Pak-Iran gas pipeline on war footing
Pakistan and Iran have agreed to work hand in hand
From SHAMIM AHMED RIZVI,
Dec 10 - 16, 2001
After the fall of Taliban government in Afghanistan the main irritant in the relations of the two countries has been removed. Now putting the bitter past behind, Pakistan and Iran have agreed to work hand in hand, not only for the establishment of broad-based multi-ethnic government in Afghanistan, but also to establish a number of joint committees to catch up with the lost time on bilateral trade, commerce and economic joint ventures including the mega project of Pak-Iran gas pipeline extending up to India.
Relations between Pakistan and Iran are back to normal and the two sides now share absolute unanimity on all issues including Afghanistan, announced Dr. Kamal Kharazi, the Foreign Minister of Iran, during a joint press conference with Foreign Minister Abdul Sattar on Friday last.
Kharazi had just come back from a very productive and rather lengthy meeting with President Musharraf on Afghanistan and bilateral matters while his large delegation met with their counter-parts to sort out the nitty gritty of renewed relations between the two capitals. A number of joint ventures, economic projects and trade agreements between Iran and Pakistan had been lying in a cold storage.
The two Foreign Ministers reported to the press that the two countries now enjoy complete harmony and a new era of relationship has begun. "Taliban are matter of past and shadows that marred our relations don't exist any more. Sun is shining and we should take full advantage of it," were the very warm remarks of Abdul Sattar who looked happy, satisfied and confident about the outcome of his talks with the Iranian delegation. Bringing Iran on board for the reconstruction of Afghanistan and also reviving the historic brotherly ties with Tehran has been Pakistan's wild dream ever since the fall of Taliban and rise of Northern Alliance in Afghanistan.
Iranian Foreign Minister announced that the two sides have agreed to form various joint committees which will start the implementation process. We have already lost lot of time due to Taliban controversy and cannot afford to lose more. "I have ordered my people to visit Pakistan very soon to examine the procurement of wheat, sugar and rice from Pakistan. Most importantly we have decided to establish a joint technical committee to complete the feasibility report of Pak-Iran gas pipeline on war footing basis," said Dr. Kharazi. The two sides have also decided to establish a joint committee for reconstruction of Afghanistan under the UNDP and other international aid agencies. "Now when the Taliban government has fallen, Pakistan and Iran have a major role to play for peace, stability and reconstruction of Afghanistan. We both support UN efforts to put together a broad-based multi-ethnic government in Afghanistan. We will also adhere completely to the UNSC Resolution 1378 about the international terrorism," the joint statement said.
While both expressed complete unanimity and satisfaction over the Bonn process, the two sides have a minor difference of perception over the stationing of multinational peace forces in Afghanistan. Iranian Foreign Minister was of the view that Bonn process should facilitate a quick establishment of a transitional council, which can then form a national police or national guards for the security of the country. But the Foreign Minister Abdul Sattar left the issue wide open for the negotiating Afghan parties in Bonn to decide if they want a multinational force inside their country or not. We will support the decision of the Afghan people but Pakistan as a matter of a policy decision will never send its troops to Afghanistan, said Sattar.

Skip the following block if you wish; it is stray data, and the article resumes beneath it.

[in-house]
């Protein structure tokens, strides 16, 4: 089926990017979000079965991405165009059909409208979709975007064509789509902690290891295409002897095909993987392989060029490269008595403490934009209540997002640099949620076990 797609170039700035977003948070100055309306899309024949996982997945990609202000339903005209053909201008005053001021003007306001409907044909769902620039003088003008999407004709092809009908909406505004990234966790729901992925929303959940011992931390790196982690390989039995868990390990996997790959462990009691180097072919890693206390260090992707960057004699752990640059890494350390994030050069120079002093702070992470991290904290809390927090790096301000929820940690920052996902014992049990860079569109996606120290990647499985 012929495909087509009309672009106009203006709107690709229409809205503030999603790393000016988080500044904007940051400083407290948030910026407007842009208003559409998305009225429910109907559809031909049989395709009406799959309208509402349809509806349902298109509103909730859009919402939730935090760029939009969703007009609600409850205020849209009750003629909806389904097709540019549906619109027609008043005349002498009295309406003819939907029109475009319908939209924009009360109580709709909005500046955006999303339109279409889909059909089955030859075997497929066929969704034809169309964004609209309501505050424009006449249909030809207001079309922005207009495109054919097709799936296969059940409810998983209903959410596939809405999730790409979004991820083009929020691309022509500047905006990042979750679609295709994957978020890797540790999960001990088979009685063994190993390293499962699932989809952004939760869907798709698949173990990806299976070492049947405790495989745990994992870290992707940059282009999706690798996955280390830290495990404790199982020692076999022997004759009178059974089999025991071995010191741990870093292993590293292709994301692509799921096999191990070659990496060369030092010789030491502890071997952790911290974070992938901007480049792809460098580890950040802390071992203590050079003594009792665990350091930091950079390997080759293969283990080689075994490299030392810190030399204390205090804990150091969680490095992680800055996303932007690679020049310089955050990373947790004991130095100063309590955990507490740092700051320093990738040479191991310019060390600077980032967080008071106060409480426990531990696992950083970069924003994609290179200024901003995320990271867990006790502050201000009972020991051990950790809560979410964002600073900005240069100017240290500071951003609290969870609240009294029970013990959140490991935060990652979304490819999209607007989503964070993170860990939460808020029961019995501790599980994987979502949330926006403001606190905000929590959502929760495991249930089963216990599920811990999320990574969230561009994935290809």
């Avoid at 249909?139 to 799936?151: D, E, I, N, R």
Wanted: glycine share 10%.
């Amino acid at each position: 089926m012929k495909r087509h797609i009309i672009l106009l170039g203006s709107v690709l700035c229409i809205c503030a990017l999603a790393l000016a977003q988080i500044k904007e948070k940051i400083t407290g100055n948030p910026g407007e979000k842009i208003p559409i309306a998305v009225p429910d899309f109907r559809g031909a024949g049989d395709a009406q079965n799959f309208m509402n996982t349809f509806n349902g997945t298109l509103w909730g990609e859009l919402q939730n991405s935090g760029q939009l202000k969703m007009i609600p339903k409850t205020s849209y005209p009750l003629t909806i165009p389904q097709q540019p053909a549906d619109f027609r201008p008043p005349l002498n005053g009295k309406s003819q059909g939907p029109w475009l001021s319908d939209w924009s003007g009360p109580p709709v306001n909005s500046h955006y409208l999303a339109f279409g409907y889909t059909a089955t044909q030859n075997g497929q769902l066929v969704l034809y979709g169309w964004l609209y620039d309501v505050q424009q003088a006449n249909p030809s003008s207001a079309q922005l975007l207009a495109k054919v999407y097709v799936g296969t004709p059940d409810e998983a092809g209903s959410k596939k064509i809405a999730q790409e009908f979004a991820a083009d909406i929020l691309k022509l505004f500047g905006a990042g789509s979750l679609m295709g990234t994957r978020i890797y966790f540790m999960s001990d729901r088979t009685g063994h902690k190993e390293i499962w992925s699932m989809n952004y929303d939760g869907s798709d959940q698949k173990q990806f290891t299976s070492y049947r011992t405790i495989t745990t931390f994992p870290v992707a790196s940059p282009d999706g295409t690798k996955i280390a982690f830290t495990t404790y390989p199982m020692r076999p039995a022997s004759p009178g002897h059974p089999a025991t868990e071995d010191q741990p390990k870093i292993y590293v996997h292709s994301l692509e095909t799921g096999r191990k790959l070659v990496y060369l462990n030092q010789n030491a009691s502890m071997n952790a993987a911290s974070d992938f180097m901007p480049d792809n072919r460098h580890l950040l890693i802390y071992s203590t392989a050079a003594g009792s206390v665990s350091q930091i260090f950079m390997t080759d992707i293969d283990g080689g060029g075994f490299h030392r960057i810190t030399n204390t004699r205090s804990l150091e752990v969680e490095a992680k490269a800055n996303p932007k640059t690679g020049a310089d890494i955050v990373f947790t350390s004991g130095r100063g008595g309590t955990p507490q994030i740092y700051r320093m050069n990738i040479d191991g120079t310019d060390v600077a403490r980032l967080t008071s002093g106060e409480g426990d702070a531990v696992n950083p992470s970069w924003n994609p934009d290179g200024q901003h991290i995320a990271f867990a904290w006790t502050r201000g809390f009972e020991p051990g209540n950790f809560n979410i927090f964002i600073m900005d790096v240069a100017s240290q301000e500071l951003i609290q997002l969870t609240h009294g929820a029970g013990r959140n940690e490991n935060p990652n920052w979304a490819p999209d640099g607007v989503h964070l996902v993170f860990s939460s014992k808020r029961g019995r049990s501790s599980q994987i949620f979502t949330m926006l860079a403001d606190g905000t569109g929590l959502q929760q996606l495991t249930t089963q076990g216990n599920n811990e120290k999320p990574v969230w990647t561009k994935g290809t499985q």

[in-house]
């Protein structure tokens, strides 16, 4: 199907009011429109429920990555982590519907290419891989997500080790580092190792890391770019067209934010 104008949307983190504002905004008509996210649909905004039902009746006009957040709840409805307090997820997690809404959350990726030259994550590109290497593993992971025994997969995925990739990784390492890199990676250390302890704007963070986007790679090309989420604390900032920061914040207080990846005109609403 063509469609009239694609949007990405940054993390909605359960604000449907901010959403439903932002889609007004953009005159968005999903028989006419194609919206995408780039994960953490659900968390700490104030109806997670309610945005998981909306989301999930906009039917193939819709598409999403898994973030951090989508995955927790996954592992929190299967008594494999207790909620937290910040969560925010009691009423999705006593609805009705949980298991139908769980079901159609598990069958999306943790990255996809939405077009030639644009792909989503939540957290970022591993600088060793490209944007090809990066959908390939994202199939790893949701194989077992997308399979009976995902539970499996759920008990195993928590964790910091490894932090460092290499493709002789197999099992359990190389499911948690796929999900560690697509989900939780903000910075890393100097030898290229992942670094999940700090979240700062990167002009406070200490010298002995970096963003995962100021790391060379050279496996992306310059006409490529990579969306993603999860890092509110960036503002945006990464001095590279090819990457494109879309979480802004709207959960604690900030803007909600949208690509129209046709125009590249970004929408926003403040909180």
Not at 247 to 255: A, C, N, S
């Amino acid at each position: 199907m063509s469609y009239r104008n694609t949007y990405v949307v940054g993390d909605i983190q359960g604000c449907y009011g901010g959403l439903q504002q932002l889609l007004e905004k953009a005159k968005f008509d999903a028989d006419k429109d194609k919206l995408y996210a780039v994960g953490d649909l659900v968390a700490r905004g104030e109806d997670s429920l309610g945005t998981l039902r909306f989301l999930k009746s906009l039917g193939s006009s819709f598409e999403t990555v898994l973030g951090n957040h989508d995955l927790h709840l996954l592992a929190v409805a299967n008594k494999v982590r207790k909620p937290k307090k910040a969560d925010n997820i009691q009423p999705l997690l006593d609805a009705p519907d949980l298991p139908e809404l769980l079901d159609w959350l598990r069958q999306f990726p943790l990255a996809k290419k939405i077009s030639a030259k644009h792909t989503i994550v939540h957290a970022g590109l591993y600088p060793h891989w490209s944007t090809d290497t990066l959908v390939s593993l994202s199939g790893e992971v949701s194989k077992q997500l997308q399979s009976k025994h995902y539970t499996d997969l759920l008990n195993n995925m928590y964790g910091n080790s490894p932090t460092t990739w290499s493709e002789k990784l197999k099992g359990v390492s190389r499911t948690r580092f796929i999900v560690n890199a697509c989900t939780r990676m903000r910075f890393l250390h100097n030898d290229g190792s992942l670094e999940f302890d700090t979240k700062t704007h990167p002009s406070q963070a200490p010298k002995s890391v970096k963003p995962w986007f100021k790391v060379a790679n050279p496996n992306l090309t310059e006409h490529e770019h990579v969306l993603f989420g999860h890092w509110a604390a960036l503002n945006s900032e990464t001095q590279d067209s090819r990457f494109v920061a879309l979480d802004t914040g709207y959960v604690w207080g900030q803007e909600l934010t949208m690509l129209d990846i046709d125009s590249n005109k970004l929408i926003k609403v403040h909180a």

The visiting Foreign Minister, Dr Kamal Kharazi, said his country would buy wheat, rice and gasoline from Pakistan while it offered to sell, besides oil, railways wagons.
Exports from the Iranian Ministry of Agriculture would be coming to Islamabad next week to review steps for removal of procedural difficulties in wheat deal. The import of wheat from Pakistan has to match the standards set by Iran, Kharazi said.
Similarly, another team of experts from the two countries would discuss the issue of export of rice and gasoline to Iran. In his turn, Dr. Kharazi said his delegation also discussed the possibility of buying sugar from Pakistan, provided it met the standards of his country Kharazi led a delegation of 19 officials representing the Ministries of Commerce, Economic Affairs, Communications and Defence.
Abdul Sattar said that the two delegations had discussed in detail issues concerning their respective ministries that were expected to go a long way "in giving a new direction, strengthening our ties with Iran".
In his remarks Dr. Kamal Kharazi spoke of the old project of a gas pipeline from Iran to Pakistan and later to India and said that a joint technical committee of experts was being set up to revive the project. He said Iran had a similar committee with India which was seized of the purchase of gas from Iran and was preparing a feasibility report. More than that, Dr. Kharazi said his delegation also represented Iranian private sector and they had a very good discussion with their Pakistani counterparts on the opportunities for joint ventures and also investment in Pakistan and railroad wagons.
He said in addition they had discussed measures to increase cooperation in the joint cultural heritage and in this connection the Pakistani government had approved plans for construction of a new building for Pakistan Iran Cultural Institute that had been working in Islamabad for quite some years. He said that the Institute had worked very hard to collect rare books and manuscripts on the common linguistic and cultural heritage and it needed a proper accommodation.